By Anna Quinlan
“Everything is possible with CRISPR. I’m not kidding.” Reacting to highly successful CRISPR gene drive experiments that broke all rules of Mendelian genetics and allowed a mutation to sweep a Drosophila population in a single generation (Hesman Saey 2015), Hugo Bellen, a geneticist at Baylor University, summed up a sentiment shared by many. The speed, low cost, and transferability of CRISPR-Cas9 gene editing to almost any species is redefining what is possible in R&D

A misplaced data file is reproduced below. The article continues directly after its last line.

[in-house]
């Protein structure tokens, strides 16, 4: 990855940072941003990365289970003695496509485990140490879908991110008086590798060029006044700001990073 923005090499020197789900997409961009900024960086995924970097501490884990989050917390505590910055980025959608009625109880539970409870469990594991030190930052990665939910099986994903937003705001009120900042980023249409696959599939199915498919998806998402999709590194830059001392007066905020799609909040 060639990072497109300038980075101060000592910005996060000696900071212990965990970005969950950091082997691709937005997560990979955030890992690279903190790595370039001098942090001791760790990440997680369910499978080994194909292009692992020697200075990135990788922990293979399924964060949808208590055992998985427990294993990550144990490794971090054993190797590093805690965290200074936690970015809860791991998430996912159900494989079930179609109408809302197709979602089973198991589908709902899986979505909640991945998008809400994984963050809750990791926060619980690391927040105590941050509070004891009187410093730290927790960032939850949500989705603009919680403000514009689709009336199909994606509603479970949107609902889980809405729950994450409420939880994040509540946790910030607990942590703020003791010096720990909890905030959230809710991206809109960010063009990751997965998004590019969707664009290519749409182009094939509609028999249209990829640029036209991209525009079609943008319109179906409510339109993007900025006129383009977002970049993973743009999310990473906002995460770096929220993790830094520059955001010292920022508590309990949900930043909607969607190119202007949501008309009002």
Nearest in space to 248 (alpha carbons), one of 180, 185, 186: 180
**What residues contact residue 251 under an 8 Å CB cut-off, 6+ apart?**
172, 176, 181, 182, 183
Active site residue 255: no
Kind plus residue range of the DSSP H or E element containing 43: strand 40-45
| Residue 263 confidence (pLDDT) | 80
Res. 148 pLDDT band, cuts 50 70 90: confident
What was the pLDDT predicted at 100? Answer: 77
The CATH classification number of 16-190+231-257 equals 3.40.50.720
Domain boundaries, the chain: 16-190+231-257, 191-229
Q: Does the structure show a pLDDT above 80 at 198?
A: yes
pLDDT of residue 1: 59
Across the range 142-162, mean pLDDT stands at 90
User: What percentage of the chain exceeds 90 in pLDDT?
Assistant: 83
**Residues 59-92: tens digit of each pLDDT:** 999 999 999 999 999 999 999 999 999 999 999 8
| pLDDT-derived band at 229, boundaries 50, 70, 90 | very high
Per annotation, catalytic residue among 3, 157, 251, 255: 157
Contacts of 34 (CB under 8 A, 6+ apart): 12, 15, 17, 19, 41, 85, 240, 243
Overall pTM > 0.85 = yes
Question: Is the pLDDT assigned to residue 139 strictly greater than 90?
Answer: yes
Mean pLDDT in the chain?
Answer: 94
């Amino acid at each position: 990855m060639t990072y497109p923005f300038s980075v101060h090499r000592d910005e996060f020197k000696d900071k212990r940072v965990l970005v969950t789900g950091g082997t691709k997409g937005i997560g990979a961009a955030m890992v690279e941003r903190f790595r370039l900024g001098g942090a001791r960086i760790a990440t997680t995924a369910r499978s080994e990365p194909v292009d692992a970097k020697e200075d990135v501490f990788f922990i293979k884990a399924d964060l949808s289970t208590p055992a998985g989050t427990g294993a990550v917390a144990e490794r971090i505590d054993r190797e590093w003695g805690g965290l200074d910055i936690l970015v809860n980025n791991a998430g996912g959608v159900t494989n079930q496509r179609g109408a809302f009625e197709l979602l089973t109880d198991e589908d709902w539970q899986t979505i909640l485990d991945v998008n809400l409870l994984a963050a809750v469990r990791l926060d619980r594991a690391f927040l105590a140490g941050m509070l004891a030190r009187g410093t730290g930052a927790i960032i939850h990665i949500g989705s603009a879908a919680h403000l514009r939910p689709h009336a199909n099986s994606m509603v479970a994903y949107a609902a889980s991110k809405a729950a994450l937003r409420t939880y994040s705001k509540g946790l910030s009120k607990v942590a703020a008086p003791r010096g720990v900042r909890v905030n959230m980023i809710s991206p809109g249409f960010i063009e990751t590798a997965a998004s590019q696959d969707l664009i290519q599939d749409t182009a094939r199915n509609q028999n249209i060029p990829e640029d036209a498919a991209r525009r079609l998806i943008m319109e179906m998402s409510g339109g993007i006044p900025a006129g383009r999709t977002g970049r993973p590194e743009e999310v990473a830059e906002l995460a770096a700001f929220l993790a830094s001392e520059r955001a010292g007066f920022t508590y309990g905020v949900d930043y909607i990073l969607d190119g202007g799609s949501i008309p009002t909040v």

On a monthly basis, more and more new applications for CRISPR are published. From creating complex, multigene disease models and whole-genome knockout screens in less than two months to creating inducible systems and generating Cas9 variants that act as epigenetic regulators, CRISPR is not only accelerating R&D. It appears to be emerging as part of the solution to curbing the ever-increasing cost of drug development and reducing late-stage failure rates.